Singers try for their day with the Suns

March 28, 2004|by GREGORY T. SIMMONS

HALFWAY - There was no home plate, and no hot dogs, peanuts or Cracker Jacks on Saturday at Valley Mall.

Instead, there were a lot of nerves, high notes and low notes, and some dreams that came true in the form of 45-second renditions of "The Star-Spangled Banner."

Nearly 100 contestants tried out Saturday to be part of this year's group to sing the national anthem before Hagerstown Suns games at Municipal Stadium.

Holly Goodwyn, 19, of Hagerstown, hoped she would be one of the singers to be chosen. Before her chance to try out, she said she sings in the shower, and sometimes does karaoke. But she had high hopes before she sang Saturday.


"I love singing. It's a dream," Goodwyn said. "I just had a little boy. Maybe I can make some money. ... It comes naturally. It's just a God-given gift, (so I) might as well (try out)."

Goodwyn's younger sister, Stacey Goodwyn, came along for moral support. Stacey Goodwyn said if it wasn't for her, her older sister probably wouldn't have been there Saturday.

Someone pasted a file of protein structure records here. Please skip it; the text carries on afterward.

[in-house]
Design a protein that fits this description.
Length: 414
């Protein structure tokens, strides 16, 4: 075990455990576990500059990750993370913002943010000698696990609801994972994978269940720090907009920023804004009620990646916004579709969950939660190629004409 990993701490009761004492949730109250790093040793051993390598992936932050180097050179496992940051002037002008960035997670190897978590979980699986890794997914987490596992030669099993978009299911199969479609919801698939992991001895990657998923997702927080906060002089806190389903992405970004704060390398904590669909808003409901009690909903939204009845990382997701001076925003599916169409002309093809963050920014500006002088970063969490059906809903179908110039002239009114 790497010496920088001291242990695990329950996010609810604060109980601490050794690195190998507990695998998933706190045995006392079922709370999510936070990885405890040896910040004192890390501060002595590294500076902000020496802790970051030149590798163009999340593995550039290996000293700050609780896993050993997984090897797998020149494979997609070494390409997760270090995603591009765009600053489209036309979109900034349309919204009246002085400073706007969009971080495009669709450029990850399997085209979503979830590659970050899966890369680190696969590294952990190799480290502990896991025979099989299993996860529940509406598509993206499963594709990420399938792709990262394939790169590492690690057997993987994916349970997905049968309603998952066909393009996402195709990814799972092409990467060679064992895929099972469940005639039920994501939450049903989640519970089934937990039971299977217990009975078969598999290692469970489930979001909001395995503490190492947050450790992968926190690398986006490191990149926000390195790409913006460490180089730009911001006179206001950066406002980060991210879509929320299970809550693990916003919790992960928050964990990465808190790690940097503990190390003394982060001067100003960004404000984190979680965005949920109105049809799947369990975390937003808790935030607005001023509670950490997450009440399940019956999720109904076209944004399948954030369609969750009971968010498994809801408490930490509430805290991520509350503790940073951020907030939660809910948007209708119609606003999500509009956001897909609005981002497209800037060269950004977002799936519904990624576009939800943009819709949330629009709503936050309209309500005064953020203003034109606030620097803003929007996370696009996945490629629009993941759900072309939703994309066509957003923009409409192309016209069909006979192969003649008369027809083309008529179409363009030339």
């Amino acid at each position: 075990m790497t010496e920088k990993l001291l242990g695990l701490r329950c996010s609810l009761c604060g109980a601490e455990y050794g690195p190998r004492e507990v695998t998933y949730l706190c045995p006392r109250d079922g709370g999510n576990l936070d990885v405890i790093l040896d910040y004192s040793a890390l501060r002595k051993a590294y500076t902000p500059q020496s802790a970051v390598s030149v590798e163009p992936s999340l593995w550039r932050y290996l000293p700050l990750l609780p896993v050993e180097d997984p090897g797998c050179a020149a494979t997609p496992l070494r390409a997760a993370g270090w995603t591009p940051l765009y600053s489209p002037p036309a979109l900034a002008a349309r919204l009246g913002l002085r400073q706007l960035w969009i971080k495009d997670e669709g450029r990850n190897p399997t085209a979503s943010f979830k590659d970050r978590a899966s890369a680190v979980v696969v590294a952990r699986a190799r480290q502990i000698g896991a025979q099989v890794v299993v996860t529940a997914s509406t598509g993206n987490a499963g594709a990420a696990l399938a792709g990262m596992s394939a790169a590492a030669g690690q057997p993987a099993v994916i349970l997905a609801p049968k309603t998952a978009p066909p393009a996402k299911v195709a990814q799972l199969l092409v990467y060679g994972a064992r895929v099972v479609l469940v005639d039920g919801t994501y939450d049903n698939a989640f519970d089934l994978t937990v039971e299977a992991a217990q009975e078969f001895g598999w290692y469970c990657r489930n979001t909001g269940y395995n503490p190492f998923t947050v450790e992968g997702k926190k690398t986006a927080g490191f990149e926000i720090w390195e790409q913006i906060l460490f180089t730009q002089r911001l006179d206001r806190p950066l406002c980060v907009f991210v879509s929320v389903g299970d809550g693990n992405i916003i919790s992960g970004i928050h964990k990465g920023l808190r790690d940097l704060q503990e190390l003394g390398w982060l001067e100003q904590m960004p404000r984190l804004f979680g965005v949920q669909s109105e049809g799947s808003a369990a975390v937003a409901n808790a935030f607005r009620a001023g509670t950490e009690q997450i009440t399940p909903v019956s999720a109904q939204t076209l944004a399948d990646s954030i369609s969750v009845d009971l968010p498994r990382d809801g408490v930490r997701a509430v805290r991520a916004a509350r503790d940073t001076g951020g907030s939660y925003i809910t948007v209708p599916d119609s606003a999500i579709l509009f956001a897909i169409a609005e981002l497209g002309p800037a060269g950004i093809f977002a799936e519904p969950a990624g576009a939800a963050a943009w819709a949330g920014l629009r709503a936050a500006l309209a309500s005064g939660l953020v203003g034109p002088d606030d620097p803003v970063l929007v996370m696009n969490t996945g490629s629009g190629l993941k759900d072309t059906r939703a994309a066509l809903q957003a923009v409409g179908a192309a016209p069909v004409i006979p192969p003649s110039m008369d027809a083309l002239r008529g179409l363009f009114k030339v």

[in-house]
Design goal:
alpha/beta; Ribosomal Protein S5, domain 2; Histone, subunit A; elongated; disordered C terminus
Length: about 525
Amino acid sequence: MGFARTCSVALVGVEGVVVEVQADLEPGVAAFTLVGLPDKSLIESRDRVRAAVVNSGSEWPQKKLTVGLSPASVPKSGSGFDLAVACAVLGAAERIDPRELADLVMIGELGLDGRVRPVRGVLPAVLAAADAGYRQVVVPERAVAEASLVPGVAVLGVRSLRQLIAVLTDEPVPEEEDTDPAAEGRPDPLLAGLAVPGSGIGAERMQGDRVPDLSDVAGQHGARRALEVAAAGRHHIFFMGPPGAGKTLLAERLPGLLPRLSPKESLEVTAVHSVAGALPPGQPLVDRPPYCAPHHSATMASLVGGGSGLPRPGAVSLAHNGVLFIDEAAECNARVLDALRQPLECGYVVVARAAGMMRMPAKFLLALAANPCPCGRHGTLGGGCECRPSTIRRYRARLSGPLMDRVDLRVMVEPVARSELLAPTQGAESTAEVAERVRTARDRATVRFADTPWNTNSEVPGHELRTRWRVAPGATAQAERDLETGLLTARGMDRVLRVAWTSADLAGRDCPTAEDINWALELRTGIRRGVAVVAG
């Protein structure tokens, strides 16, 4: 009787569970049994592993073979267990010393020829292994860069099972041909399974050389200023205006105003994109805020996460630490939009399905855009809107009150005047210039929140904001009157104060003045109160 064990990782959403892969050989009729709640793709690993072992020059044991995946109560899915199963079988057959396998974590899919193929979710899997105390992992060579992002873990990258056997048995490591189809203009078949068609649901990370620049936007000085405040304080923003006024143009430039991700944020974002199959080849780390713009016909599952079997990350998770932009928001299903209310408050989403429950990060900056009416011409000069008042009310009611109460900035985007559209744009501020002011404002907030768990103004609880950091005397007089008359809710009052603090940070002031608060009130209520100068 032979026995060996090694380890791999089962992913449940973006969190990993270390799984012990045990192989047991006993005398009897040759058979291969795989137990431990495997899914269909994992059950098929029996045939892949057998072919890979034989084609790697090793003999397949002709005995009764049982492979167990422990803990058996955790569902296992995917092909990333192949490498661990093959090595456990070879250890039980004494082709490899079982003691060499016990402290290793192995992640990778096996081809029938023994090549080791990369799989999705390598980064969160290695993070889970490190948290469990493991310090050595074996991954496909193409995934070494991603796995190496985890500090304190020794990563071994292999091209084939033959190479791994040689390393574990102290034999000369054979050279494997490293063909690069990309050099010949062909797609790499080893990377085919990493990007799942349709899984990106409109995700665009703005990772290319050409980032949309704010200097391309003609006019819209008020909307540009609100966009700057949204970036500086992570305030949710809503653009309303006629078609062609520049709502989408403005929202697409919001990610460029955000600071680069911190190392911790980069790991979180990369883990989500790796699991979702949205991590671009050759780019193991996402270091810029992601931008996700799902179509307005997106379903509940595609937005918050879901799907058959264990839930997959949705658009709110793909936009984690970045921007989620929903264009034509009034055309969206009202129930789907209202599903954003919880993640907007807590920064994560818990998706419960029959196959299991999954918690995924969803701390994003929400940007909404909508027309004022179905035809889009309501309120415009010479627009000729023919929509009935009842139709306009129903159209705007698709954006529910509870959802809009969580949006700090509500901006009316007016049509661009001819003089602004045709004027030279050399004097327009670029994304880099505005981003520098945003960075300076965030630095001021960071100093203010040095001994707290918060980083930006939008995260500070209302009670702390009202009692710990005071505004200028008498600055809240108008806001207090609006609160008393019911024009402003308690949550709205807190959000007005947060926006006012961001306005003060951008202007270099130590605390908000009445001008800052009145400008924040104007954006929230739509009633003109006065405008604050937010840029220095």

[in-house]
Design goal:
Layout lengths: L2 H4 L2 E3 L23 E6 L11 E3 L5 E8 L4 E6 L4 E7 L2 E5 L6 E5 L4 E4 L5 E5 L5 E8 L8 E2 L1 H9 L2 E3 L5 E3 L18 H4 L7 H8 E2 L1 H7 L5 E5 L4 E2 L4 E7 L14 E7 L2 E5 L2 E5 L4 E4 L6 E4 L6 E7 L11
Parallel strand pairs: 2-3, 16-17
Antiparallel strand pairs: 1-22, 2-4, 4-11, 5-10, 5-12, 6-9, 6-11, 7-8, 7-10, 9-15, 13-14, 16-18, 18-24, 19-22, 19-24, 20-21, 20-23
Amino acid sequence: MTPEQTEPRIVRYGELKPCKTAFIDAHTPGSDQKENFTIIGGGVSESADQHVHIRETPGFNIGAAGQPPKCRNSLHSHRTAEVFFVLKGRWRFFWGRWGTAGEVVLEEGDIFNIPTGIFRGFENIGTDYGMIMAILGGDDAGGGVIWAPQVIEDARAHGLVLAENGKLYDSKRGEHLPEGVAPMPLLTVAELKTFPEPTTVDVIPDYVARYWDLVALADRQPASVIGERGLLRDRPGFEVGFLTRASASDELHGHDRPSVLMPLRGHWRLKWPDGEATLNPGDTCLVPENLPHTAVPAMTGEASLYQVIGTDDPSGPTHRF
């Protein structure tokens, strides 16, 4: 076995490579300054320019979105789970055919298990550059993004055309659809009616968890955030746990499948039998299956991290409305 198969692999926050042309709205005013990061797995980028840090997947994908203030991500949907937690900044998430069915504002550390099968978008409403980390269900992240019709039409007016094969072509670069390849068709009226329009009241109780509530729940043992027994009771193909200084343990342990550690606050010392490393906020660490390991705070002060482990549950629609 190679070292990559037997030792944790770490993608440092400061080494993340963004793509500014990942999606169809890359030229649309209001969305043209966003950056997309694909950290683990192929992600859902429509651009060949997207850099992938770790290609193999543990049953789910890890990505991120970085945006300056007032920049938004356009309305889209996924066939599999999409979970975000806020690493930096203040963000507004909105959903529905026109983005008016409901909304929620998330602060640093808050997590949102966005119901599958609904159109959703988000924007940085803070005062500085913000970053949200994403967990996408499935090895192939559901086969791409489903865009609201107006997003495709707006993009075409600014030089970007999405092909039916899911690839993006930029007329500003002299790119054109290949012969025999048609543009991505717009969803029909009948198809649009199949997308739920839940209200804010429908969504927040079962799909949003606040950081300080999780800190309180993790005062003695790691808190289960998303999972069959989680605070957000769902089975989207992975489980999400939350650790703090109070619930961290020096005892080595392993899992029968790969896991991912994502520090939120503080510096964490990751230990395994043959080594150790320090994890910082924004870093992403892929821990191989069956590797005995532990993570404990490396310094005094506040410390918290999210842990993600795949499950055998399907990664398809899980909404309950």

"She said she wasn't gonna do it," the younger Goodwyn said. "I got her back into it."

"I was debating it," Holly Goodwyn said. "If I don't win, I'll still be happy. I'll still be singing."

She was among the chosen singers.

Suns general manager Kurt Landes said 50 singers were chosen and they'll be scheduled to sing before home games throughout the season.

One singer won the right to sing opening day, April 12. That was Shannon Draper of Williamsport, Landes said. Draper also will be invited to sing the anthem on a local radio broadcast.

According to other singers, nerves either were a major concern or no concern at all.

Dawn Crock, 38, of Martinsburg, W.Va., said she was "extremely" nervous before trying out, even though she'd sung professionally with small bands for the past 20 years.

"It's unnerving" to have people grading you while singing, Crock said. She was one of the 50 who was selected.

Before she goes before the crowd, "I'll probably sing ("The Star-Spangled Banner') a lot more," but "I won't have to follow 16 people who sung it before me," Crock said.

Harold James, 77, of Funkstown, was one of the four members of "Just Four Guys," a barbershop quartet that was among the winners Saturday. He said they had been selected for a night last year, and nerves were not a problem this year.

"Been doing this for years," James said.

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